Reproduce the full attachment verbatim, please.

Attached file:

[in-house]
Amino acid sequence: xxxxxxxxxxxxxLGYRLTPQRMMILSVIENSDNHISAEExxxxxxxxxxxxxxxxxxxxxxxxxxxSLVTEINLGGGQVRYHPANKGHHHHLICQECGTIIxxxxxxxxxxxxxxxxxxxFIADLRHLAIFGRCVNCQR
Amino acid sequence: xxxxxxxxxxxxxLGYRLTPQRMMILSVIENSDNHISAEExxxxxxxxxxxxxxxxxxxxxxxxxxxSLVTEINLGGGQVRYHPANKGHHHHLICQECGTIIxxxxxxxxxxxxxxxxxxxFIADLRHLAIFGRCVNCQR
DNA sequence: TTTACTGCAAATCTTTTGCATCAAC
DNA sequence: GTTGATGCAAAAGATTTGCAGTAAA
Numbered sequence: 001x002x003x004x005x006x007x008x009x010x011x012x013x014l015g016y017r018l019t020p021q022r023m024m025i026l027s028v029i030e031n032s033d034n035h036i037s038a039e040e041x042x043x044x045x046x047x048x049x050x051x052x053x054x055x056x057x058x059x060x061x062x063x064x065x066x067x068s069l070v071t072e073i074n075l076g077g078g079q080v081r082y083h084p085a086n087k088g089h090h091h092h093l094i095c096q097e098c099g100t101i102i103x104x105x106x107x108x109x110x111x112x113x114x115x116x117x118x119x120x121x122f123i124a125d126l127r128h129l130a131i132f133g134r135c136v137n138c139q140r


[in-house]
Amino acid sequence: xxxxxxxxxxxxxLGYRLTPQRMMILSVIENSDNHISAEExxxxxxxxxxxxxxxxxxxxxxxxxxxSLVTEINLGGGQVRYHPANKGHHHHLICQECGTIIxxxxxxxxxxxxxxxxxxxFIADLRHLAIFGRCVNCQR
Amino acid sequence: xxxxxxxxxxxxxLGYRLTPQRMMILSVIENSDNHISAEExxxxxxxxxxxxxxxxxxxxxxxxxxxSLVTEINLGGGQVRYHPANKGHHHHLICQECGTIIxxxxxxxxxxxxxxxxxxxFIADLRHLAIFGRCVNCQR
DNA sequence: TTTACTGCAAATCTTTTGCATCAAC
DNA sequence: GTTGATGCAAAAGATTTGCAGTAAA
Numbered sequence: 001x002x003x004x005x006x007x008x009x010x011x012x013x014l015g016y017r018l019t020p021q022r023m024m025i026l027s028v029i030e031n032s033d034n035h036i037s038a039e040e041x042x043x044x045x046x047x048x049x050x051x052x053x054x055x056x057x058x059x060x061x062x063x064x065x066x067x068s069l070v071t072e073i074n075l076g077g078g079q080v081r082y083h084p085a086n087k088g089h090h091h092h093l094i095c096q097e098c099g100t101i102i103x104x105x106x107x108x109x110x111x112x113x114x115x116x117x118x119x120x121x122f123i124a125d126l127r128h129l130a131i132f133g134r135c136v137n138c139q140r